How 'Memento' Would Be Different In 2016, Because Smart Phones Exist Now

Before Christopher Nolan blew all of our minds with Inception, he directed the incredible 2001 movie Memento, which is revolutionary in its own right. I remember watching the film as a teenager and being fascinated by the backwards (and forwards) storytelling structure. To celebrate its 15th anniversary, I thought it would be fun to consider how different Memento would be set in 2016. To refresh your memory, Memento follows Leonard Shelby (Guy Pierce) as he tries to track down his dead wife's attackers, but he suffers from anterograde amnesia, which prevents him from forming new memories. He certainly tries, though, by taking Poloroids, writing notes, and tattooing need-to-know information.

Last November, a remake of the movie was announced in The Hollywood Reporter, but naturally a modern Memento would be very different. Let's face it: A lot has changed in 15 years — for starters, Polaroids are so retro now. That was 2001 and now in 2016, we've got Twitter, Facebook, smartphones, clouds, YouTube, Google (as a verb), Reddit, iPads, and so much more. These days, Leonard wouldn't have to the lengths of tattooing pertinent information on his body — he could put the information on so many of his devices and social media accounts. Like all of us, his digital footprint would never let him forget anything. And then Leonard could be re-reminded about everything once a year via TimeHop. What a time to be alive.

Here's how I think Memento would be different in 2016.

He Has A Video Of The Sammy Jankis Story

Remember the Sammy Jankis story Leonard tells over and over again to pretty much everyone he meets? It's a story about a man who has a similar mental condition (but spoiler alert: It's actual a story about Leonard himself). Instead of telling it over and over, perhaps it's a video story from YouTube he plays for everyone, like the one above.

He'd Use Cell Phone Alarm Reminders

In the film, Leonard uses tattoos to remind him of necessary info about himself and his mission. In 2016, he'd probably use what I use to remind myself about things like rent or doctor's appointments — cell phone alarms and calendar alerts. He could set them to repeat as often as he needs — no needles needed.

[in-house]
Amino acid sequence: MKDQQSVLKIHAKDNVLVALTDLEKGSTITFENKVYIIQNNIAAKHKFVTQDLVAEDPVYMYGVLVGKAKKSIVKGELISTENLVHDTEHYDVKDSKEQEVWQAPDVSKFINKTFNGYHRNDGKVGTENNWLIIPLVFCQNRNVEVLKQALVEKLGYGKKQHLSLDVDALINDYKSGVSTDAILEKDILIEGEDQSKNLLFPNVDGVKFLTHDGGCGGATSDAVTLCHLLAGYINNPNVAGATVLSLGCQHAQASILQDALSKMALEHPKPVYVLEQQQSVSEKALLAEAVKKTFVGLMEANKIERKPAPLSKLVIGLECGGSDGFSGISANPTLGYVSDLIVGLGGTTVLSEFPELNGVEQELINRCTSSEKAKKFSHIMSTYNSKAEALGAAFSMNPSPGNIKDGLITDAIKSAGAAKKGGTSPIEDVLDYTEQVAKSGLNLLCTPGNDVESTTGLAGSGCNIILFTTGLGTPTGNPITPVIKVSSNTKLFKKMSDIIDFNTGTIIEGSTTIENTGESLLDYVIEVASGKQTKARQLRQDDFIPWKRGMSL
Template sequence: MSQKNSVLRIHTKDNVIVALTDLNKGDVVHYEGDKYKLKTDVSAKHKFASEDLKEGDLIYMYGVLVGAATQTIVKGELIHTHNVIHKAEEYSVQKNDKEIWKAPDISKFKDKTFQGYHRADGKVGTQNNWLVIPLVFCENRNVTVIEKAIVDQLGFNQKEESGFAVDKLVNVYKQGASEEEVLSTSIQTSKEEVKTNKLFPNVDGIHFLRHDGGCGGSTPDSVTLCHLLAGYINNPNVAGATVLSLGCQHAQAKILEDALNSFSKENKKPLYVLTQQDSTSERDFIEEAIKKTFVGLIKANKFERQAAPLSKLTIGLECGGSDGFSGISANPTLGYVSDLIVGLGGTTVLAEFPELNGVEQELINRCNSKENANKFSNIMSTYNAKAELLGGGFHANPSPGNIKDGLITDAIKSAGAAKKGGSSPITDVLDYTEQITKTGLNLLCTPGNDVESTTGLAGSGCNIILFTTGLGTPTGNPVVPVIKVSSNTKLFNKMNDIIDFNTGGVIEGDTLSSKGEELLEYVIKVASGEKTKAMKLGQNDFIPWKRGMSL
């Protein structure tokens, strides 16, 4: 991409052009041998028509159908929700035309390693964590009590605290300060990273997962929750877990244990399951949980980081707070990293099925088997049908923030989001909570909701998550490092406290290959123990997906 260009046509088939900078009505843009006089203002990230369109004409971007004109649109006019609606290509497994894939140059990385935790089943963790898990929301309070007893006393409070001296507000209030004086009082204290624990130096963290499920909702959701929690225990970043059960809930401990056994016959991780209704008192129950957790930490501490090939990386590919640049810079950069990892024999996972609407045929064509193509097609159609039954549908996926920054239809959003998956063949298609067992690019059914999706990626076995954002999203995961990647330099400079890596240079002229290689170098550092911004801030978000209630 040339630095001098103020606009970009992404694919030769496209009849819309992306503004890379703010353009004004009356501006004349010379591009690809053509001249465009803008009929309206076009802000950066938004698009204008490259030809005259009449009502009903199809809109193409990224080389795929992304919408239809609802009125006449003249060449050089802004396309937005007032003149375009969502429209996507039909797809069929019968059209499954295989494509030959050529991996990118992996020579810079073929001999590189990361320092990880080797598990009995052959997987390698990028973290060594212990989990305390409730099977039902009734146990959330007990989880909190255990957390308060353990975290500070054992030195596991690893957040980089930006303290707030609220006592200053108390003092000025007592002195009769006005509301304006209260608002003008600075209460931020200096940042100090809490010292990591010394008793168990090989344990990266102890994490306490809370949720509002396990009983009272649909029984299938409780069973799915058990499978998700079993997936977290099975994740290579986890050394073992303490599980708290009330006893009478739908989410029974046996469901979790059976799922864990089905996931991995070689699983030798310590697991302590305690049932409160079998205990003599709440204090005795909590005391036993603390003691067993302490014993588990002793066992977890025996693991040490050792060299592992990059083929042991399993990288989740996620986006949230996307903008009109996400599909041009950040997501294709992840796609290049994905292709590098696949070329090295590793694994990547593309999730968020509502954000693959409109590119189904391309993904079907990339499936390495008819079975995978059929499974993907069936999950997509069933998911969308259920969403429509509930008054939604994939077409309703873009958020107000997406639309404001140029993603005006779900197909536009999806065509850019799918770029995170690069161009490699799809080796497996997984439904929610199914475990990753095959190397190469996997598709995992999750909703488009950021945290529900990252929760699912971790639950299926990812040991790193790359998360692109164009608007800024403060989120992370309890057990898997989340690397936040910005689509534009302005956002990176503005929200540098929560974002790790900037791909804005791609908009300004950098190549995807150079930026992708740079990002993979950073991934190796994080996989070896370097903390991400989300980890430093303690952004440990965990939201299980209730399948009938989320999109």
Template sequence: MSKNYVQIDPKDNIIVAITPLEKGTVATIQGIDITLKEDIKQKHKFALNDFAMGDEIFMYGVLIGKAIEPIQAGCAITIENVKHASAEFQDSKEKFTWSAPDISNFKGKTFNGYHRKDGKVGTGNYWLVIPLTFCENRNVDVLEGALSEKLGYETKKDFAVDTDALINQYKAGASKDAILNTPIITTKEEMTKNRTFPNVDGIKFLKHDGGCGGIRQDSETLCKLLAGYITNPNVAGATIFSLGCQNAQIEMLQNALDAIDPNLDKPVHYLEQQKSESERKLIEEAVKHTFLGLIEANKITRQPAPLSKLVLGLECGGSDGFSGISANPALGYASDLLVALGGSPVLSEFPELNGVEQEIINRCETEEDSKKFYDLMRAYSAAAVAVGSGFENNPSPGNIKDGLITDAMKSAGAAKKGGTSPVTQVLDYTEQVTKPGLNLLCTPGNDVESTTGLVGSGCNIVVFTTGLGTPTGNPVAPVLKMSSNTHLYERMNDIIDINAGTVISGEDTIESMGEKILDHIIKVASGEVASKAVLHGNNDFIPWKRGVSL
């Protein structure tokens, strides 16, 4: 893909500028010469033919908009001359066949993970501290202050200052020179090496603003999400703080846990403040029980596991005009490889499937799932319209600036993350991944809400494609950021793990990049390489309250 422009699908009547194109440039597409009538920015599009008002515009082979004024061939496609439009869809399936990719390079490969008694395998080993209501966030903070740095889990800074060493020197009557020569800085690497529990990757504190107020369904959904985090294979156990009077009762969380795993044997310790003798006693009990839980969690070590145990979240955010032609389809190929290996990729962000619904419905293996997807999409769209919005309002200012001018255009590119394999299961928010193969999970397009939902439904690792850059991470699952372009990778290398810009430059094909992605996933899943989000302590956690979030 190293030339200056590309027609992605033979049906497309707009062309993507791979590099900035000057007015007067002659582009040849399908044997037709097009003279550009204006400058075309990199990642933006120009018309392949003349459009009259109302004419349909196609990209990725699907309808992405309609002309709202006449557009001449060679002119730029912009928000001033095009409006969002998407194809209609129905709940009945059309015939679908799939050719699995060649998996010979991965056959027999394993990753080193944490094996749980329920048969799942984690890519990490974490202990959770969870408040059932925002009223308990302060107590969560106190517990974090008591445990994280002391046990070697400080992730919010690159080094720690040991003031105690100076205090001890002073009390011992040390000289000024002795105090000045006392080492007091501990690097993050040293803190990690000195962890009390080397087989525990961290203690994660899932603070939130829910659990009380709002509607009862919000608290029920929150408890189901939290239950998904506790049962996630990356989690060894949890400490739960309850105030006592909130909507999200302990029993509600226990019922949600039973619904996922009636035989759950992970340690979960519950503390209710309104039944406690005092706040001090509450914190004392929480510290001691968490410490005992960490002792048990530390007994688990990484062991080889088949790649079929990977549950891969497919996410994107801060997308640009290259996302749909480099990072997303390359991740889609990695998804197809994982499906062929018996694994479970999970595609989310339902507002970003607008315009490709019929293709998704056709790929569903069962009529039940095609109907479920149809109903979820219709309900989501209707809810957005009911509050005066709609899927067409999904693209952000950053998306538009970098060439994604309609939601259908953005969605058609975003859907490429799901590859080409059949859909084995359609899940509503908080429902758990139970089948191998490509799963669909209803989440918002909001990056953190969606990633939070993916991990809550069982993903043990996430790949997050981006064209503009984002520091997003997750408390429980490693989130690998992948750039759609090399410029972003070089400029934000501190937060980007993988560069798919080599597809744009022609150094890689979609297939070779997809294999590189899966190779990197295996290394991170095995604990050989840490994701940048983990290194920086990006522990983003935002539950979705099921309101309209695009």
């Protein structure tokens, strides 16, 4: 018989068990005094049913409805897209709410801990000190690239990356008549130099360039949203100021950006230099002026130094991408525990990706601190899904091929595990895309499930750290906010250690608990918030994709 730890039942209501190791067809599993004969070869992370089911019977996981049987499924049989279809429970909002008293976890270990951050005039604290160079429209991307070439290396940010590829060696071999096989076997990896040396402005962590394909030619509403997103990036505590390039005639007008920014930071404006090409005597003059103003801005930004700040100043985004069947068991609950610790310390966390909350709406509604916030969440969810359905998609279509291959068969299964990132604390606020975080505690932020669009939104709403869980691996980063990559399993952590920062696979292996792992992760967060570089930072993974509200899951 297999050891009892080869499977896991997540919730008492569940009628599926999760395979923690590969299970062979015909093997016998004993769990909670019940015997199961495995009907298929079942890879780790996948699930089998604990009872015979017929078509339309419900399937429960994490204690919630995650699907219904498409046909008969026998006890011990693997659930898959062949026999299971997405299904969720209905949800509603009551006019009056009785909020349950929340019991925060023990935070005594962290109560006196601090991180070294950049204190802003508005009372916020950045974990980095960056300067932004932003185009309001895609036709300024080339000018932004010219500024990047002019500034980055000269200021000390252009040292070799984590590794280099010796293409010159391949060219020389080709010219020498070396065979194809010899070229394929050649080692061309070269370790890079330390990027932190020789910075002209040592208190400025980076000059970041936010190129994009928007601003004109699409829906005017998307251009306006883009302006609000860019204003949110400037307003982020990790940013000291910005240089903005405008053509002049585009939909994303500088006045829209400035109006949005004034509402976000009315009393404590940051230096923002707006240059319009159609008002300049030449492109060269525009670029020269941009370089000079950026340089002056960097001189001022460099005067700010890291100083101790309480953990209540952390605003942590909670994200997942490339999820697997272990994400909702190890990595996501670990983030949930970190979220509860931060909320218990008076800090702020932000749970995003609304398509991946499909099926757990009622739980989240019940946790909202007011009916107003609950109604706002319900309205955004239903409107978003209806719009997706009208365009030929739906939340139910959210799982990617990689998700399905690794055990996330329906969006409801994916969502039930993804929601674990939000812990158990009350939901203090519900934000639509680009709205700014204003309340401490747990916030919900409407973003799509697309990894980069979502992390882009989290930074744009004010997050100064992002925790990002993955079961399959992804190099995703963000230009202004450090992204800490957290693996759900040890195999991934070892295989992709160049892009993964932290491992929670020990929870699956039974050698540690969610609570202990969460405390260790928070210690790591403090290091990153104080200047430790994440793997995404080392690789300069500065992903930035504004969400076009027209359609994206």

He Could Take Photos Of All Evidence & New Facts

Here's a given: Instead of Polaroids, Leonard would have a cell phone filled with photos and videos of the people he's met and new evidence.

His Police File Would Be On A Cloud

In the film, Leonard often consults a police file, which could now be on a cloud, so he could access it anywhere.

He'd Use Google A Lot

Leonard goes to great lengths to find out who a license plate belongs to. These days, I'm pretty sure he could find a service online to dig up that info for him — and probably more info than he ever wanted to know about every John G in the world.

He'd Crowdsource Using Social Media

Because why not. I bet Leonard would record his mission on social media and even crowdsource some info from his followers, hashtag mystery.

Instead Of Burning Poloroids At The End, He Could Delete Files — Or Destroy The Cell Phone

Spoiler alert: At the end of the film, the audience finds out that Leonard has already killed his wife's attacker and he keeps up this endless hunt to give himself a sense of purpose. So he destroys evidence of his victory and goes on the hunt to kill again.

Of course, that ending is still plausible in the age of digital footprints — social media accounts can be deleted and wiped, smartphones can be destroyed, and clouds could be cleared. Just like nothing ever existed on them.

Images: Newmarket/Mallory Carra/Bustle; Mallory Carra (2)/Bustle; Giphy (3)